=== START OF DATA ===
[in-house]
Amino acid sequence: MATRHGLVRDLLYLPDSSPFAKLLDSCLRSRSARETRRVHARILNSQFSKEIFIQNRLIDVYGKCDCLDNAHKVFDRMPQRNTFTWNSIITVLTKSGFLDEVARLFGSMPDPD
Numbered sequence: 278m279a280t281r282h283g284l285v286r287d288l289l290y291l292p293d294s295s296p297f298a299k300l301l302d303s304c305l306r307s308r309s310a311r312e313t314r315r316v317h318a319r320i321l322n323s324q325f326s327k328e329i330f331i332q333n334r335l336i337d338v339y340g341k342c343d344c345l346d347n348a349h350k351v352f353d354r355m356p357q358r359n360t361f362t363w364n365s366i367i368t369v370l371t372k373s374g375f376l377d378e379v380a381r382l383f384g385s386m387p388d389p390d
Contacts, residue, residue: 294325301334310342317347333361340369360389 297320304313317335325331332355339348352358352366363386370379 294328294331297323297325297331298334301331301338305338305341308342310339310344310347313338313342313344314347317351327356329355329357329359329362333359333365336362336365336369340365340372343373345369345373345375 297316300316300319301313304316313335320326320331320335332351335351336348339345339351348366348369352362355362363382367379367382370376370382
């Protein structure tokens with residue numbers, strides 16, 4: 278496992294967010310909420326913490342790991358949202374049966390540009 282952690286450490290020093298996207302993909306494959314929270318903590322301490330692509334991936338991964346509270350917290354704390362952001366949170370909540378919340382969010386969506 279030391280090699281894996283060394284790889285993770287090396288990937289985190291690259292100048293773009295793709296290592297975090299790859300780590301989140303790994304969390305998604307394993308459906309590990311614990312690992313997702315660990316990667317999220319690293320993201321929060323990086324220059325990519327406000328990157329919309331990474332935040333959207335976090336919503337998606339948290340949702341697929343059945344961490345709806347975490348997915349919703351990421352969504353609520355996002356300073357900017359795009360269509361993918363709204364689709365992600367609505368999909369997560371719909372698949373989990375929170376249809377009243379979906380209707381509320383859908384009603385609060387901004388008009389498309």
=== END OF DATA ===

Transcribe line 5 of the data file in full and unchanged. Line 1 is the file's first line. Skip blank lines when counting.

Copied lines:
């Protein structure tokens with residue numbers, strides 16, 4: 278496992294967010310909420326913490342790991358949202374049966390540009 282952690286450490290020093298996207302993909306494959314929270318903590322301490330692509334991936338991964346509270350917290354704390362952001366949170370909540378919340382969010386969506 279030391280090699281894996283060394284790889285993770287090396288990937289985190291690259292100048293773009295793709296290592297975090299790859300780590301989140303790994304969390305998604307394993308459906309590990311614990312690992313997702315660990316990667317999220319690293320993201321929060323990086324220059325990519327406000328990157329919309331990474332935040333959207335976090336919503337998606339948290340949702341697929343059945344961490345709806347975490348997915349919703351990421352969504353609520355996002356300073357900017359795009360269509361993918363709204364689709365992600367609505368999909369997560371719909372698949373989990375929170376249809377009243379979906380209707381509320383859908384009603385609060387901004388008009389498309």